Definitions for bounce
Here are all the possible meanings and translations of the word bounce.
the quality of a substance that is able to rebound
leap, leaping, spring, saltation, bound, bouncenoun
a light, self-propelled movement upwards or forwards
rebounding from an impact (or series of impacts)
bounce, resile, take a hop, spring, bound, rebound, recoil, reverberate, ricochetverb
spring back; spring away from an impact
"The rubber ball bounced"; "These particles do not resile but they unite after they collide"
hit something so that it bounces
"bounce a ball"
move up and down repeatedly
come back after being refused
"the check bounced"
"He bounced to his feet"
refuse to accept and send back
"bounce a check"
eject from the premises
"The ex-boxer's job is to bounce people who want to enter this private club"
A change of direction of motion after hitting the ground or an obstacle.
A movement up and then down (or vice versa), once or repeatedly.
An email return with any error.
The sack, licensing
A bang, boom
A genre of New Orleans music.
A 'good' beat.
To change the direction of motion after hitting an obstacle.
The tennis ball bounced off the wall before coming to rest in the ditch.
To move quickly up and then down, or vice versa, once or repeatedly.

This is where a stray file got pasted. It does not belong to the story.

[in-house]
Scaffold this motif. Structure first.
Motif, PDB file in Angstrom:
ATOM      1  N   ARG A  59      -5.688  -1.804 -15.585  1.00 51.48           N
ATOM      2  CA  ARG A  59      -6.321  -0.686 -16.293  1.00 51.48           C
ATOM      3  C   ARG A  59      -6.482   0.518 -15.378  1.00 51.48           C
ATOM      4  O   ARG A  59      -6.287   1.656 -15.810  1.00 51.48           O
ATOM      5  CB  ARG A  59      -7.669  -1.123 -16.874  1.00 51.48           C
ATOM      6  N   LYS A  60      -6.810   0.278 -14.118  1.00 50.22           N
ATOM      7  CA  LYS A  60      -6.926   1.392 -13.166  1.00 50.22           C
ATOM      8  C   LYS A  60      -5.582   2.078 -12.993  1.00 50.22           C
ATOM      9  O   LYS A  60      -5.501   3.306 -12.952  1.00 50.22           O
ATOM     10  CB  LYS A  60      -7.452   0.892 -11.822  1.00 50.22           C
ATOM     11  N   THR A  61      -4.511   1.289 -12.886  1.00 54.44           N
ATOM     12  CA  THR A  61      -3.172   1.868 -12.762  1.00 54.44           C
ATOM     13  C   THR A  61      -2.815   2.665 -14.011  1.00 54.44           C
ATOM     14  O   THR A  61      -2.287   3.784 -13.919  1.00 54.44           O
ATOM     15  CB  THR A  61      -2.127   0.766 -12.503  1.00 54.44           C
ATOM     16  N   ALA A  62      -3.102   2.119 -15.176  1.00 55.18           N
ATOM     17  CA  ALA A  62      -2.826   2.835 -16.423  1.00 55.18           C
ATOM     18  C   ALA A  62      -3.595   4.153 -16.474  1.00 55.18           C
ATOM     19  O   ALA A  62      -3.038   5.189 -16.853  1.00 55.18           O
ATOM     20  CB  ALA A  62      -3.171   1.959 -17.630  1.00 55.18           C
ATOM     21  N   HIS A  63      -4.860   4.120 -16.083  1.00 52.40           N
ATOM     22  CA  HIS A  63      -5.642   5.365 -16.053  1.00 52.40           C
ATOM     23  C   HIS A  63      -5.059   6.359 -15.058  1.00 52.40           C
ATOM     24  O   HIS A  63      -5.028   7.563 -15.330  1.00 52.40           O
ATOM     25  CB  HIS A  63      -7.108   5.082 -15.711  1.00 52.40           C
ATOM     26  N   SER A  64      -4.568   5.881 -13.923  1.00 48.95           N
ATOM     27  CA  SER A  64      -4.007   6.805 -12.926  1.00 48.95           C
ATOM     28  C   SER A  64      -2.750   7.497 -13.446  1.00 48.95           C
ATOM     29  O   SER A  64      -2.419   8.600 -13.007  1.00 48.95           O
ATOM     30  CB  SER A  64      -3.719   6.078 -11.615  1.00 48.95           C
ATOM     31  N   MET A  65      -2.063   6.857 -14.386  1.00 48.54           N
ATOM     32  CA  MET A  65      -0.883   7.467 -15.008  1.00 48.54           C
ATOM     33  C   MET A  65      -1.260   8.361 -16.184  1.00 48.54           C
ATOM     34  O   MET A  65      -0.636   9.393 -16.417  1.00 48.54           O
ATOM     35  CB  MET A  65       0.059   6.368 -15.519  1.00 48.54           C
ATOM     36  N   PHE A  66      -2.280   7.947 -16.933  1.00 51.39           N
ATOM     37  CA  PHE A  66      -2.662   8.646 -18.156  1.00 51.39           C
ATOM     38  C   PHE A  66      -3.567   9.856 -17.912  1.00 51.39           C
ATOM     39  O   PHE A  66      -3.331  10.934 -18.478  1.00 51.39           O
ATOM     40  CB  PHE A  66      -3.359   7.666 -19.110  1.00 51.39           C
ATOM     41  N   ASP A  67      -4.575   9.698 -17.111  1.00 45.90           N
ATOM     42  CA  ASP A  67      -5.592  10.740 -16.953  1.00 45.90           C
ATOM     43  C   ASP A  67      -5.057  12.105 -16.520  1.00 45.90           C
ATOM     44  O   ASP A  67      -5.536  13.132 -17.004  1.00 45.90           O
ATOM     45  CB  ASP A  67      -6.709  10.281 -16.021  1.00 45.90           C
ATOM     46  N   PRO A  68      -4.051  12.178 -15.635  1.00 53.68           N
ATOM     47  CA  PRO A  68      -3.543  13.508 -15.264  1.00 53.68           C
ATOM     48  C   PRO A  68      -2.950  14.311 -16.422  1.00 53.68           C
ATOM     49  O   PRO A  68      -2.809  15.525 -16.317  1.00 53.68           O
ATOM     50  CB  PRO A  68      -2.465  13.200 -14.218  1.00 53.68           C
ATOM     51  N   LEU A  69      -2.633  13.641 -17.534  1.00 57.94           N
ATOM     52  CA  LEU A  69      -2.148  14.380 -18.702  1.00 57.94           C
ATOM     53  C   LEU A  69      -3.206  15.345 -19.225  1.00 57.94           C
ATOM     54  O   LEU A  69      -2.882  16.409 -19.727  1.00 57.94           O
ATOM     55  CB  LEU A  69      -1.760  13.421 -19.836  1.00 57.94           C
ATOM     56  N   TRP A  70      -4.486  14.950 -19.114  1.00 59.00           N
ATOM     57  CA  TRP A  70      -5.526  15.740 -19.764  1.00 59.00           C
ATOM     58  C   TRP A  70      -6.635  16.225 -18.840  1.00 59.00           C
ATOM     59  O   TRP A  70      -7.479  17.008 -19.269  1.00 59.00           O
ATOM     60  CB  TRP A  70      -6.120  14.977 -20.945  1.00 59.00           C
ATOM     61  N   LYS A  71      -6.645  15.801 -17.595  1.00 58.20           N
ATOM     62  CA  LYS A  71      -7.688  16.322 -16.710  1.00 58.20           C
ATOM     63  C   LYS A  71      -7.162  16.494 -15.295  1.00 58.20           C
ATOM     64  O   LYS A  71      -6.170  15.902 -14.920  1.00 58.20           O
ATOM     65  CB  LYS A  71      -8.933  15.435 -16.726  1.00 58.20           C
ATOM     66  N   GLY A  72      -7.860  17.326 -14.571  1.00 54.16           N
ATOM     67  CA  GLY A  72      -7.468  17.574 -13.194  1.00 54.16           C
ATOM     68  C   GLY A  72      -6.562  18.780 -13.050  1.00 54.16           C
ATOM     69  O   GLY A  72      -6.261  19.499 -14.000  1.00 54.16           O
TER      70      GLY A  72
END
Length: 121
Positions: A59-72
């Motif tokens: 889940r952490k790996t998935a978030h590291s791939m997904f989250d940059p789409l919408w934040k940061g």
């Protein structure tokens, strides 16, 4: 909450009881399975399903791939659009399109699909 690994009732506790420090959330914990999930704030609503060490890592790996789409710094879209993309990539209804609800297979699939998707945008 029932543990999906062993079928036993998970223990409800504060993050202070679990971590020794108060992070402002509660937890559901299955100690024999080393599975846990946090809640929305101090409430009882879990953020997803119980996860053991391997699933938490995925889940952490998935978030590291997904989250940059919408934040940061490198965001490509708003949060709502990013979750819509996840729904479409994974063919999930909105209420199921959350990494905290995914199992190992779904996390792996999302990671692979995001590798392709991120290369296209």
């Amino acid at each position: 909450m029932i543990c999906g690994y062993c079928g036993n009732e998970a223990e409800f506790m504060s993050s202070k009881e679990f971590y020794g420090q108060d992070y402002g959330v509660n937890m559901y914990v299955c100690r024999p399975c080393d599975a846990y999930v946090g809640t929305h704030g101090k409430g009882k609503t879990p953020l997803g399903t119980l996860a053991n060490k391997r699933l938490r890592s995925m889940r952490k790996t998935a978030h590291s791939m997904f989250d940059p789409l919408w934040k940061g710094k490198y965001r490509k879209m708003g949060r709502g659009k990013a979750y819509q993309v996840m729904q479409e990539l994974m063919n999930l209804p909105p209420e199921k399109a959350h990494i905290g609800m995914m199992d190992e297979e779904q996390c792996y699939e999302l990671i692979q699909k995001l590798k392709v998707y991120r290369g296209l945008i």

He bounces nervously on his chair.
To cause to move quickly up and then down, or vice versa, once or repeatedly.
He bounced the kid on his knee.
To be refused by a bank because it is drawn on insufficient funds.
We can't accept further checks from you, as your last one bounced.
To fail to cover (a draft presented against one's account).
He tends to bounce a check or two toward the end of each month, before his payday.
Let's wrap this up, I gotta bounce.
(sometimes employing the preposition with) To have sexual intercourse.
To attack unexpectedly.
The squadron was bounced north of the town.
To turn power off and back on; to reset
See if it helps to bounce the router.
A talent for leaping.
Them pro-ballers got bounce!
To return undelivered.
To land hard and lift off again due to excess momentum.
The student pilot bounced several times during his landing.
Samuel Johnson's Dictionary
Etymology: from the verb.
The bounce burst ope the door; the scornful fair
Relentless look’d, and saw him beat his quiv’ring feet in air. Dryden.
What cannoneer begot this lusty blood?
He speaks plain cannon fire, and smoke, and bounce;
He gives the bastinado with his tongue. William Shakespeare, K. John.
Two hazel-nuts I threw into the flame,
And to each nut I gave a sweetheart’s name;
This with the loudest bounce me sore amaz’d,